TEL AVIV, ISRAEL - Sitting on a ledge in front of Ayelew Desale's grocery store behind Tel Aviv's central bus station, Selemon Tesfy inhaled the last bits of his cigarette and recalled his flight from Eritrea to avoid a lifetime of servitude. He was kidnapped in Sudan, sold to Sinai Bedouins and freed only after his family gathered its savings, borrowed money, went begging and paid $30,000 to secure his release.
Tesfy reached Israel in 2011 and repaid his debt, but last year Israel's parliament, the Knesset, passed a law that slashed his take-home pay. Now employers who hire illegal migrants like Tesfy must deposit 20 percent of their pay in a fund where it will stay until they leave the country, providing they leave when ordered to go. Tesfy, who cleans knives in the meat section of a supermarket, said he can no longer send remittances home.
Several human rights and aid organizations have appealed the law to Israel's High Court of Justice. 'Deteriorating poor people to even more bitter poverty is extremely brutal,' they argued in their complaint.
One aid organization, Kav La'Oved, said that since that law passed, about 300 people reported moving to jobs where they were paid in cash, cut expenses on food and medicine, or were working longer hours. Assaf, another aid organization, said that more than 1,300 people have requested food, and live in fear of losing their jobs. Many of them refrain from reporting health and mental problems.
Bisrat Gebryesus, Director of the Eritrean Women's Center in Israel, says prostitution is on the rise. Most mothers are single parents who need money for food and school expenses. Gebryesus said a woman in this situation sometimes has 'no choice but to sell her body.'
FILE - African migrants wear chains to represent slavery during a demonstration in Tel Aviv, Israel, April 3, 2018.
None of the people interviewed for this report said they cut down on the amount of food they buy. Desale, the grocer, noticed no change in his clients' purchasing habits.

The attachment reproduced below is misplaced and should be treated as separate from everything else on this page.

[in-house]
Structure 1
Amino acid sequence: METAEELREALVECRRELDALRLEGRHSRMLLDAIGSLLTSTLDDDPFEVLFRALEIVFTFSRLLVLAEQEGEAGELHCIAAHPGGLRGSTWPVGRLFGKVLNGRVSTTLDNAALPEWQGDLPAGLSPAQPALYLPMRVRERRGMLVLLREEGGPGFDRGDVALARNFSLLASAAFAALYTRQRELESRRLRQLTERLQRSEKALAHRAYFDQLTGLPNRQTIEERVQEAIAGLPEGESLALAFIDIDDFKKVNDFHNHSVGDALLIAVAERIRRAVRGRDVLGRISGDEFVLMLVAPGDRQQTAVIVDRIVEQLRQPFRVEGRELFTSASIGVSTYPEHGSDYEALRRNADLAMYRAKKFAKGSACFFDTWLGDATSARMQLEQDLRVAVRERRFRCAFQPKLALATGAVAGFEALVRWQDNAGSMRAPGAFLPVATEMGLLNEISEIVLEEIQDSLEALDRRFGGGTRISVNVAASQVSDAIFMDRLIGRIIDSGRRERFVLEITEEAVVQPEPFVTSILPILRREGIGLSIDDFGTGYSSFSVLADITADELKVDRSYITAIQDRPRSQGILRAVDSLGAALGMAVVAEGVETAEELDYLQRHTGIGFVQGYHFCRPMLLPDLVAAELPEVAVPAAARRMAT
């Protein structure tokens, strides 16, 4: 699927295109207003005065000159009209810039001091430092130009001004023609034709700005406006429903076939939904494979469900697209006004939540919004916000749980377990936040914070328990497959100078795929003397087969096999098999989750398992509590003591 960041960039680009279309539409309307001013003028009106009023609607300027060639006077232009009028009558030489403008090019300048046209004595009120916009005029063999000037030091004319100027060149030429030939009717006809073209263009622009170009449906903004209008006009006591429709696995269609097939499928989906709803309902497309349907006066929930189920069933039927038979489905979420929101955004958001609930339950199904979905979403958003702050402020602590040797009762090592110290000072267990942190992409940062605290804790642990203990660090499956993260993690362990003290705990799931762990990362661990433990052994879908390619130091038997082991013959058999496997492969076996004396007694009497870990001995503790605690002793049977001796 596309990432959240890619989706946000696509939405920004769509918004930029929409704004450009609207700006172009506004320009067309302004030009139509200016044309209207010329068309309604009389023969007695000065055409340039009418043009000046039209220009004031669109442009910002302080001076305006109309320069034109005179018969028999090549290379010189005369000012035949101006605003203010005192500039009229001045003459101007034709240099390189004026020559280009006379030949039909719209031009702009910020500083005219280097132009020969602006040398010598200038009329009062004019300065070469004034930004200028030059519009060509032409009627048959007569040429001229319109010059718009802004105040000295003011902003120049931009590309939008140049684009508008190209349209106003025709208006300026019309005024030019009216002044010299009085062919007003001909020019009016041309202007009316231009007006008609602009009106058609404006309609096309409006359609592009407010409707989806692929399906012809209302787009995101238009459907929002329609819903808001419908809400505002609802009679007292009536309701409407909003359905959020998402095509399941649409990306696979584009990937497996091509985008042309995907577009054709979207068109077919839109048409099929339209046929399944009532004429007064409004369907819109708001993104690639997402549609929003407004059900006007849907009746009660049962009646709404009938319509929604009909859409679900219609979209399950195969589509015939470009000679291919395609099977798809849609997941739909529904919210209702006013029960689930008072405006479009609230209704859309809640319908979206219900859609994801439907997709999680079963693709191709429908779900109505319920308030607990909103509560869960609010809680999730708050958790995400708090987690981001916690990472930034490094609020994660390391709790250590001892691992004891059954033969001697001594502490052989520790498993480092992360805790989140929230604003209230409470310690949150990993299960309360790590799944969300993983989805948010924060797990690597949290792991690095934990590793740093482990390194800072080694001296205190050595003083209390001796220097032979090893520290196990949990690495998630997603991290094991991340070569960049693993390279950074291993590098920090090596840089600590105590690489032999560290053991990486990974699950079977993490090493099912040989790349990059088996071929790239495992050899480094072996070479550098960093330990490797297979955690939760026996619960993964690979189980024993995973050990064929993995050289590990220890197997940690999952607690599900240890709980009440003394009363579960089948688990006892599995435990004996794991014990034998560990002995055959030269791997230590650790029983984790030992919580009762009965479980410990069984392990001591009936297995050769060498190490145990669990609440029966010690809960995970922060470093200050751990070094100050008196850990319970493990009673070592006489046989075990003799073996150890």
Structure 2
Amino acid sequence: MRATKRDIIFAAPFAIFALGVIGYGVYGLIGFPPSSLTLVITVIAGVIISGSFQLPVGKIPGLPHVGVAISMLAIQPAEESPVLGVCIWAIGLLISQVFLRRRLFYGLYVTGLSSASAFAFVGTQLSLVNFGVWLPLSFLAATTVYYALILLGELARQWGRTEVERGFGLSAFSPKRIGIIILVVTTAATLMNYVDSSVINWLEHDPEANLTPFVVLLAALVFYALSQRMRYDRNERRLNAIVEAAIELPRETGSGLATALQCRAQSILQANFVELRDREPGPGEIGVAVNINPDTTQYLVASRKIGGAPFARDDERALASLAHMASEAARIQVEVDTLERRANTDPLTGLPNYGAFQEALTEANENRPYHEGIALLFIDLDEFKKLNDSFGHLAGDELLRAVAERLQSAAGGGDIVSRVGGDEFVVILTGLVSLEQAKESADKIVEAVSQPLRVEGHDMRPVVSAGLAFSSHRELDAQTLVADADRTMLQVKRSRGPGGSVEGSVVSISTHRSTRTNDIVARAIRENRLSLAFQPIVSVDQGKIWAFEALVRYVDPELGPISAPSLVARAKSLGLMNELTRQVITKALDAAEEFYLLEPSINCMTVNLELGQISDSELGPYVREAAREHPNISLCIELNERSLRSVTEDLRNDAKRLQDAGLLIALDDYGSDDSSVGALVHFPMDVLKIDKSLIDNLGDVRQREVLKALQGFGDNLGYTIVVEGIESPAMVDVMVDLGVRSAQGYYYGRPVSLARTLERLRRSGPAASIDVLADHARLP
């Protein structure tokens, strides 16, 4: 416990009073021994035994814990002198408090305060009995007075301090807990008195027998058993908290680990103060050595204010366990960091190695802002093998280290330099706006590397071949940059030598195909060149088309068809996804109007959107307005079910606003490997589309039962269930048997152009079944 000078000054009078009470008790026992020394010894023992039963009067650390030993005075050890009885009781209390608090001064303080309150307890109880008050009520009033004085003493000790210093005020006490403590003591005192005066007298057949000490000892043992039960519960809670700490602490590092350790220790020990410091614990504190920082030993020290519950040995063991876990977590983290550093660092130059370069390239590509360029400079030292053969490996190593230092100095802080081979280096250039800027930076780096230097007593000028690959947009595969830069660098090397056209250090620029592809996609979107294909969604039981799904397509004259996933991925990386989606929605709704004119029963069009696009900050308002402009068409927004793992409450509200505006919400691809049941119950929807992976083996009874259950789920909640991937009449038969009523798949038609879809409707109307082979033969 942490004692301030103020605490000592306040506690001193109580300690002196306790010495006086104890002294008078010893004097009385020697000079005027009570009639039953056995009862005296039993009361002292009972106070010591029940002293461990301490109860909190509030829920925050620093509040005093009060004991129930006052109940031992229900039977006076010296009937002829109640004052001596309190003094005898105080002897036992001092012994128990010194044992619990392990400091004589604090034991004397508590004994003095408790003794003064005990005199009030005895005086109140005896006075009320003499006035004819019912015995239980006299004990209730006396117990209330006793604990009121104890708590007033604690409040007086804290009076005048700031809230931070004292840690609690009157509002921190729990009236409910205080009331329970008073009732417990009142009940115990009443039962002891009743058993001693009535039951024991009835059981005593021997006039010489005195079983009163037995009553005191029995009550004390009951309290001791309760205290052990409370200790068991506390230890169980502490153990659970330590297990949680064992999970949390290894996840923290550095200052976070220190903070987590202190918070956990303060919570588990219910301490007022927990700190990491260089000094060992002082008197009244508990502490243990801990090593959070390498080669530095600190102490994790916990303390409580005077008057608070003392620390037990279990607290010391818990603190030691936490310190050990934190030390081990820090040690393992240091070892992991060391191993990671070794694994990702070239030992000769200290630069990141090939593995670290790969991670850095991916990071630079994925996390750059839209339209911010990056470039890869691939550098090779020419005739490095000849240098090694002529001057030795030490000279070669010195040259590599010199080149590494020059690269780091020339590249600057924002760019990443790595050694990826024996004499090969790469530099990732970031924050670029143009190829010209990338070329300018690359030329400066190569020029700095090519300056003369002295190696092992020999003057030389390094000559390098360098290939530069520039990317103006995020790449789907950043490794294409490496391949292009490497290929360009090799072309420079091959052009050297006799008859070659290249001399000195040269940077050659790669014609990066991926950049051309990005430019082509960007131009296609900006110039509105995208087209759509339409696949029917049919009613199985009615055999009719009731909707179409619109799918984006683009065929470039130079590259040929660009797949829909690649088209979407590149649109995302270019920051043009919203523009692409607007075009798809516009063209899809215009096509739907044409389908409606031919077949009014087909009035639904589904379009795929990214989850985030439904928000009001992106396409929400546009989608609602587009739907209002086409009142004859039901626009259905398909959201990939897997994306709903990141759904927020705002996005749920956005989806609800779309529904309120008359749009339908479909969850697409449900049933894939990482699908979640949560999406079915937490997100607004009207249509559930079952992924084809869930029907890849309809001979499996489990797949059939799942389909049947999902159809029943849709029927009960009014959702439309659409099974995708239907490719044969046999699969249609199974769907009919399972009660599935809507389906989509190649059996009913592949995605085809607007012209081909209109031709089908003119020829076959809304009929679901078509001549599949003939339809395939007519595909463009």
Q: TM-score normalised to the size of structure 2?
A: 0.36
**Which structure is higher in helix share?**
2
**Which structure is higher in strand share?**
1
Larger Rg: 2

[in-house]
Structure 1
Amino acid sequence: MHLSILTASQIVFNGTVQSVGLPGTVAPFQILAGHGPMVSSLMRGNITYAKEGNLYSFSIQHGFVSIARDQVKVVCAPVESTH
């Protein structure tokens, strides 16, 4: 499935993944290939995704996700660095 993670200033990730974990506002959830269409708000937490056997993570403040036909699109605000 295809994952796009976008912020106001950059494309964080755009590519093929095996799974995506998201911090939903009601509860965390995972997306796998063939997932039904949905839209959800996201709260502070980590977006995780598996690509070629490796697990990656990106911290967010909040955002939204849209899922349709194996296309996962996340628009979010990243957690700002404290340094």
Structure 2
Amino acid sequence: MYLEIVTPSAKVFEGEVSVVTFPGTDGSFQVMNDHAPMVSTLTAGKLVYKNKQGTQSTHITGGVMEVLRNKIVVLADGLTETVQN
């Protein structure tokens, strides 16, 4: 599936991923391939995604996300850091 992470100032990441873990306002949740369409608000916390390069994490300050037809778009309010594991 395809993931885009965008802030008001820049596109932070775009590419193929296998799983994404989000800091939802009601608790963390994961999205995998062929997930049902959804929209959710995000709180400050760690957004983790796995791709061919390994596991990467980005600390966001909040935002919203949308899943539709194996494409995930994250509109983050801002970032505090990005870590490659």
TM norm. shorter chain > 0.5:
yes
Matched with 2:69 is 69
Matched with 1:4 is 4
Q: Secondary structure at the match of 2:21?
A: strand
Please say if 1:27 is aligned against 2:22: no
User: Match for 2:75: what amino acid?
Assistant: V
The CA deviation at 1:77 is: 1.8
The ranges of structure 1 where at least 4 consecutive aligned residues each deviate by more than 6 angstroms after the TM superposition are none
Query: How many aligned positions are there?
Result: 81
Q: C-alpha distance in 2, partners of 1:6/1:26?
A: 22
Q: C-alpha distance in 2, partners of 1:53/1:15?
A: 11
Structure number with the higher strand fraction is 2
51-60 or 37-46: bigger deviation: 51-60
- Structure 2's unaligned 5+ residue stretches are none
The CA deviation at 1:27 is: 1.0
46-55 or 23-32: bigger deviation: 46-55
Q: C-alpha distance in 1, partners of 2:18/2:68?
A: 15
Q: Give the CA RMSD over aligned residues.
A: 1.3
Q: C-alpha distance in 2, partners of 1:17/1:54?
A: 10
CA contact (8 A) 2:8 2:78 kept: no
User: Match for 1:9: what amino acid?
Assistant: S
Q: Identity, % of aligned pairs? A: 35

But what is obvious is that people are moving to more crowded homes. Beni Shasha, a real estate agent, said it is common to see crowded, suffocating, dirty apartments with four, five or six people sleeping in a room.
Solomon Gebreyohna left a small apartment to share another with three other men.
Gebreyohna cleans offices and translates at Assaf, a refugee aid organization. He used to film community events and edit them, but not anymore. In his current apartment there is no room for his computer. 'I can't make any noise,' he said.
Solomon Gebreyohna, 29, of the village of Tselimkala in southern Eritrea wanted to go to Europe, was detained on the Libyan coast, and changed course to Israel where he is struggling to make ends meet. (J. Brilliant/VOA)
The law aims to get illegal migrants to leave.
Israeli officialdom calls them 'infiltrators.' Almost all of them are from Eritrea and Sudan. Sending them home would violate international norms that prohibit repatriation to countries where they might be exposed to torture, cruel, inhuman and degrading punishment. Except for rare exceptions there is no other country willing to host them.
In recent years, Israel locked thousands of migrants in the desert, outlawed hiring them, then paid them to go to Rwanda and Uganda. The courts outlawed the detentions and the options for sending migrants to Rwanda and Uganda fizzled out.
Israel then signed an agreement with the United Nations High Commissioner for Refugees whereby the U.N. would relocate half the migrants and Israel would issue visas to the other half. The migrants are prominent in some low-income Tel Aviv neighborhoods and their Israeli neighbors, who say they are living in fear, protested vehemently. Right-wing politicians joined the critics and Prime Minister Benjamin Netanyahu canceled the agreement.
The 35,000 so-called infiltrators hardly scratch the overall demography of Israel and its population of almost 9 million. But the government is concerned that infiltrators would flood Israel if it hints readiness to accept them. 'Israel will cease having a Jewish character,' said Dr. Amnon Kartin of Tel Aviv University who specializes in geography and state policies.
FILE - Asylum seekers protest against deportation in Tel Aviv, Israel, Feb. 24, 2018.
The government has, nevertheless, been lax in enforcing the law. The manager of a branch of the Israeli Aroma Espresso Bar chain in the central Israeli city of Modi'in was surprised to hear such a law existed. He showed a reporter the pay slip of an African employee that showed the only deductions were for income tax and payments to the Israeli national insurance system.
In Tel Aviv, Mula Avraham, an Eritrean who handles stock in a grocery store, said uneducated migrants succumbed to the law but others who can read and follow developments persuaded employers not to cut their pay. 'The [deducted] money would be lost. Really lost,' he said. Many workers switch jobs and 'where will you find that money? What lawyer will search for it?'
Gebreyohna fears asking his employers for proof that they have properly deposited his money. 'They can fire me,' he explained.
At the court hearing, the state attorney's representative, Shosh Shmueli, confirmed that 'no deposits were made for most of the infiltrators.'
The President of the Supreme Court Justice Esther Hayut ordered the government to report by October 7 what it is doing to enforce compliance. One of the justices, Isaac Amit, put it bluntly. The government's action, Amit said, 'is [designed] to make the workers' lives miserable.'